When we interviewed Christine Duhaime about fintech and the legal industry, she pointed to the UK and Singapore as countries that have shown more flair than others in creating an environment where fintech start-ups, in the early stages, could innovate without having to worry about heavy regulatory oversight. Now the Ontario Securities Commission has announced OSC Launchpad, and plans to open the way for fintech product experimentation with the introduction of a regulatory “sandbox”. OSC invested with a mandate to “tailor regulation and oversight to their unique business models, as long as investor protections are in place.” Making the announcement was OSC chair and CEO, Maureen Jensen:

“Some of the new fintech businesses and platforms don’t fit neatly into our regulatory framework. And some of our requirements may not make any sense in the context of their business,” said Jensen. “We recognize that we have to keep pace with the changes brought on by fintech and not prevent promising business models from coming to market. Our objectives of investor protection and fair and efficient markets are unchanged, but the approach we take needs to evolve.”

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The practice

The omega to the alpha: The key to effective project management

By CBA/ABC National October 3, 2016 3 October 2016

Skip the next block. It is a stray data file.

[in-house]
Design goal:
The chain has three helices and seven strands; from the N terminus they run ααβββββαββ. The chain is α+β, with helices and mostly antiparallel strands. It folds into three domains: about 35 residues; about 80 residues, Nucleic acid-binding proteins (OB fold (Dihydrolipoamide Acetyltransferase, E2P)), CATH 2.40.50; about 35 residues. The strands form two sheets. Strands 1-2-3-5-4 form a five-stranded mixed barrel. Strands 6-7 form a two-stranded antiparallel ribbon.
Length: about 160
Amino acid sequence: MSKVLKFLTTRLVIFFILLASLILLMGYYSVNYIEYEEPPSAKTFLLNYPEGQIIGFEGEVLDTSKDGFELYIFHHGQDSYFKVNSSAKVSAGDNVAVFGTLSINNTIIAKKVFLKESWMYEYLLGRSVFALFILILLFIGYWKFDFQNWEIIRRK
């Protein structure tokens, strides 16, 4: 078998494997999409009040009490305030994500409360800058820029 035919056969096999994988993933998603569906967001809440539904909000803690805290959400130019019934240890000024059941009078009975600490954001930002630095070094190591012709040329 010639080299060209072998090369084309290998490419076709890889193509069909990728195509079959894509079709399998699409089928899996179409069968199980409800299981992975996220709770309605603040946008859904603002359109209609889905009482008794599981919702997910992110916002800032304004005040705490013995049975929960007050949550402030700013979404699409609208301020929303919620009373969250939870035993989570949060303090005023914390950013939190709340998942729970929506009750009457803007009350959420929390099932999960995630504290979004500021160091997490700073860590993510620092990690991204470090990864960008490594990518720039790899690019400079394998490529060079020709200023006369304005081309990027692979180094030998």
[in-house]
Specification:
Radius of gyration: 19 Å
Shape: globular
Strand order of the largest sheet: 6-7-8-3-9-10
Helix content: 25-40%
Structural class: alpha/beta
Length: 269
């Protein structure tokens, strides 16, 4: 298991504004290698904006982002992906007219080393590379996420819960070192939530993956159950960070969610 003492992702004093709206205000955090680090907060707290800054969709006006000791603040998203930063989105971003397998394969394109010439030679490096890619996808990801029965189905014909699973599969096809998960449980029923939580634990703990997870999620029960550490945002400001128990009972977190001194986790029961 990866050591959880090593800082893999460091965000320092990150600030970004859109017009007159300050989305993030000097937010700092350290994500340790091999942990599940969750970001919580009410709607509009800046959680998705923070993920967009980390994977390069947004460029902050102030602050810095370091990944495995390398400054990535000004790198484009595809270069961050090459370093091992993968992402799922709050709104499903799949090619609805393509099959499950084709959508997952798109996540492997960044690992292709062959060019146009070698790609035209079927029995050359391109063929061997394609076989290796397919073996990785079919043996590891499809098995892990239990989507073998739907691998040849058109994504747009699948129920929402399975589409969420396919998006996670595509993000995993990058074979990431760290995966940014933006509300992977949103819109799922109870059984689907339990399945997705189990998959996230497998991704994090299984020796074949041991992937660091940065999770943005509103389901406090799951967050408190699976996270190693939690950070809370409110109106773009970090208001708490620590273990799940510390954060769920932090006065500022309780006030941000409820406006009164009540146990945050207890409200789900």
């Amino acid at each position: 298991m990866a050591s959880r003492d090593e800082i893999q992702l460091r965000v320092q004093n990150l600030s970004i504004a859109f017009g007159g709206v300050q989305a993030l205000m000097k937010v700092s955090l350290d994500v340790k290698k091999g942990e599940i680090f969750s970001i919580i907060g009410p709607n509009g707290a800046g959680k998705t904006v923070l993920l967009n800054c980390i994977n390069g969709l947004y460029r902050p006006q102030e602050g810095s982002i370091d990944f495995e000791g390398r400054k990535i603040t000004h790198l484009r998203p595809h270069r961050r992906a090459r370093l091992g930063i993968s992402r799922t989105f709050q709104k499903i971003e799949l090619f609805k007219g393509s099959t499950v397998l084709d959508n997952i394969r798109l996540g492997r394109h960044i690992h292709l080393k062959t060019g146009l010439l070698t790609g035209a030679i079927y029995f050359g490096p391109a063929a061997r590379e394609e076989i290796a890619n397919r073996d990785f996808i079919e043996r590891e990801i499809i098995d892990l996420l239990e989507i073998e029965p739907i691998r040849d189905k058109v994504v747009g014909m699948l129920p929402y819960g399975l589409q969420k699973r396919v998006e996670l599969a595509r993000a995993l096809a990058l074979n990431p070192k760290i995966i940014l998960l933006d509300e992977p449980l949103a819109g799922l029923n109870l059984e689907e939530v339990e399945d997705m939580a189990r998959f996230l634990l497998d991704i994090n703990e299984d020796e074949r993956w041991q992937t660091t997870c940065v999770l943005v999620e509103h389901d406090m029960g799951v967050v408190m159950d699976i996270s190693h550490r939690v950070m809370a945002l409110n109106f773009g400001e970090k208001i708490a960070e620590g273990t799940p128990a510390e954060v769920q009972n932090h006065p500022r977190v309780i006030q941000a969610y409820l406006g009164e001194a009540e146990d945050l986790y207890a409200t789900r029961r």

Psst! Hey, lawyers, wanna know the secret to project management? Here it is: The end is the beginning.

That’s not just some banal claptrap meant for Facebook memes featuring misty photos of summer meadows, it’s the way it works. There are no quick fixes, there’s no silver bullet, but it’s guaranteed that if you don’t know where you want to be at the end of the project, you won’t know how to start.

That’s the word from Melissa LaFlair – a lawyer, consultant and certified project management professional.

“You start by understanding what’s the objective, what’s the goal … and then mapping out ways to get there and understanding, particularly, the stakeholders’ objectives and risk tolerance and context, because sometimes the best legal approach isn’t practically what works best for the client’s needs,” says LaFlair, who is one of two people presenting an Oct. 4 Solutions Series webinar on project management.

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CBA Advocacy

CBA on changes to the Privacy Act

By CBA/ABC National September 29, 2016 29 September 2016

On September 27th, Gary Dickson appeared on behalf of the CBA in front of the standing committee on Access to information, privacy and ethics that is reviewing the Federal Privacy Act.  Specifically, the Committee is looking at 16 recommendations made by the Privacy Commissioner, and called for input from organizations and individuals across Canada. In the video, Dickson describes the need for changes in the Privacy Act and what CBA’s recommendations are.

You can read CBA's comments on the recommendations from the Privacy Commisioner for ammendments to the Privacy Act here.